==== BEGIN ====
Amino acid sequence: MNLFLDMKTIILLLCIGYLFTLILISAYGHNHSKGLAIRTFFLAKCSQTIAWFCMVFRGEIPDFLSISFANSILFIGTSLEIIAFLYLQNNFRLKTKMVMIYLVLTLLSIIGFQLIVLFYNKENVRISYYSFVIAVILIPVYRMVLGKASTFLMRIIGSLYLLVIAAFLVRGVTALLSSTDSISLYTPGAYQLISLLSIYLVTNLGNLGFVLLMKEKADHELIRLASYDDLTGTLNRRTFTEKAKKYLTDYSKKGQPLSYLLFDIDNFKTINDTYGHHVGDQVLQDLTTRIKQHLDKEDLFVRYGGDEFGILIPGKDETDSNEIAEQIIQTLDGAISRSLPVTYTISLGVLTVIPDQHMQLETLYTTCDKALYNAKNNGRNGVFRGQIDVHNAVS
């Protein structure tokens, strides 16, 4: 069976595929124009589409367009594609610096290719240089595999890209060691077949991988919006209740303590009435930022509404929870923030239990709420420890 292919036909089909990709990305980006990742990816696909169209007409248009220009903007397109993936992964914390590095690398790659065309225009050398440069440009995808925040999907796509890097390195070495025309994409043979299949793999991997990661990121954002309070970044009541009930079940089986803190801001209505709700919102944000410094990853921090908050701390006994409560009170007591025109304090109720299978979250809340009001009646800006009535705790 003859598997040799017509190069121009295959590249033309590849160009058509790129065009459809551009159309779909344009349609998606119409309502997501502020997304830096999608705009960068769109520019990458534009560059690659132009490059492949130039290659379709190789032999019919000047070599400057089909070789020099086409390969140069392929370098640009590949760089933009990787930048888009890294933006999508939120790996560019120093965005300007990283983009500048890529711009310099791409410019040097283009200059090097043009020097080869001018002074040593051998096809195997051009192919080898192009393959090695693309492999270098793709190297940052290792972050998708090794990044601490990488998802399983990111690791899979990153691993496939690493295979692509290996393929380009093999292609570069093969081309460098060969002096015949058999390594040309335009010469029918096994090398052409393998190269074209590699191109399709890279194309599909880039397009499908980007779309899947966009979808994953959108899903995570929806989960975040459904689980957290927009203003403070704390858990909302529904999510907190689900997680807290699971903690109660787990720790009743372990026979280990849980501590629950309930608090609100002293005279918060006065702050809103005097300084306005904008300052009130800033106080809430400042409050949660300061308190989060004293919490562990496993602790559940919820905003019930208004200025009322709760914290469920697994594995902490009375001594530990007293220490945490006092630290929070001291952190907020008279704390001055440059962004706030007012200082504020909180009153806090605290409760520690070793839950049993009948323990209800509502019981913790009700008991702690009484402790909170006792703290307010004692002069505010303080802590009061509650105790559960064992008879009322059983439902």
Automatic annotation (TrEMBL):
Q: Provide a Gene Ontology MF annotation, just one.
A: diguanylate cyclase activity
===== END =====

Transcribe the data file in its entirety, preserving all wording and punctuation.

Amino acid sequence: MNLFLDMKTIILLLCIGYLFTLILISAYGHNHSKGLAIRTFFLAKCSQTIAWFCMVFRGEIPDFLSISFANSILFIGTSLEIIAFLYLQNNFRLKTKMVMIYLVLTLLSIIGFQLIVLFYNKENVRISYYSFVIAVILIPVYRMVLGKASTFLMRIIGSLYLLVIAAFLVRGVTALLSSTDSISLYTPGAYQLISLLSIYLVTNLGNLGFVLLMKEKADHELIRLASYDDLTGTLNRRTFTEKAKKYLTDYSKKGQPLSYLLFDIDNFKTINDTYGHHVGDQVLQDLTTRIKQHLDKEDLFVRYGGDEFGILIPGKDETDSNEIAEQIIQTLDGAISRSLPVTYTISLGVLTVIPDQHMQLETLYTTCDKALYNAKNNGRNGVFRGQIDVHNAVS
């Protein structure tokens, strides 16, 4: 069976595929124009589409367009594609610096290719240089595999890209060691077949991988919006209740303590009435930022509404929870923030239990709420420890 292919036909089909990709990305980006990742990816696909169209007409248009220009903007397109993936992964914390590095690398790659065309225009050398440069440009995808925040999907796509890097390195070495025309994409043979299949793999991997990661990121954002309070970044009541009930079940089986803190801001209505709700919102944000410094990853921090908050701390006994409560009170007591025109304090109720299978979250809340009001009646800006009535705790 003859598997040799017509190069121009295959590249033309590849160009058509790129065009459809551009159309779909344009349609998606119409309502997501502020997304830096999608705009960068769109520019990458534009560059690659132009490059492949130039290659379709190789032999019919000047070599400057089909070789020099086409390969140069392929370098640009590949760089933009990787930048888009890294933006999508939120790996560019120093965005300007990283983009500048890529711009310099791409410019040097283009200059090097043009020097080869001018002074040593051998096809195997051009192919080898192009393959090695693309492999270098793709190297940052290792972050998708090794990044601490990488998802399983990111690791899979990153691993496939690493295979692509290996393929380009093999292609570069093969081309460098060969002096015949058999390594040309335009010469029918096994090398052409393998190269074209590699191109399709890279194309599909880039397009499908980007779309899947966009979808994953959108899903995570929806989960975040459904689980957290927009203003403070704390858990909302529904999510907190689900997680807290699971903690109660787990720790009743372990026979280990849980501590629950309930608090609100002293005279918060006065702050809103005097300084306005904008300052009130800033106080809430400042409050949660300061308190989060004293919490562990496993602790559940919820905003019930208004200025009322709760914290469920697994594995902490009375001594530990007293220490945490006092630290929070001291952190907020008279704390001055440059962004706030007012200082504020909180009153806090605290409760520690070793839950049993009948323990209800509502019981913790009700008991702690009484402790909170006792703290307010004692002069505010303080802590009061509650105790559960064992008879009322059983439902």
Automatic annotation (TrEMBL):
Q: Provide a Gene Ontology MF annotation, just one.
A: diguanylate cyclase activity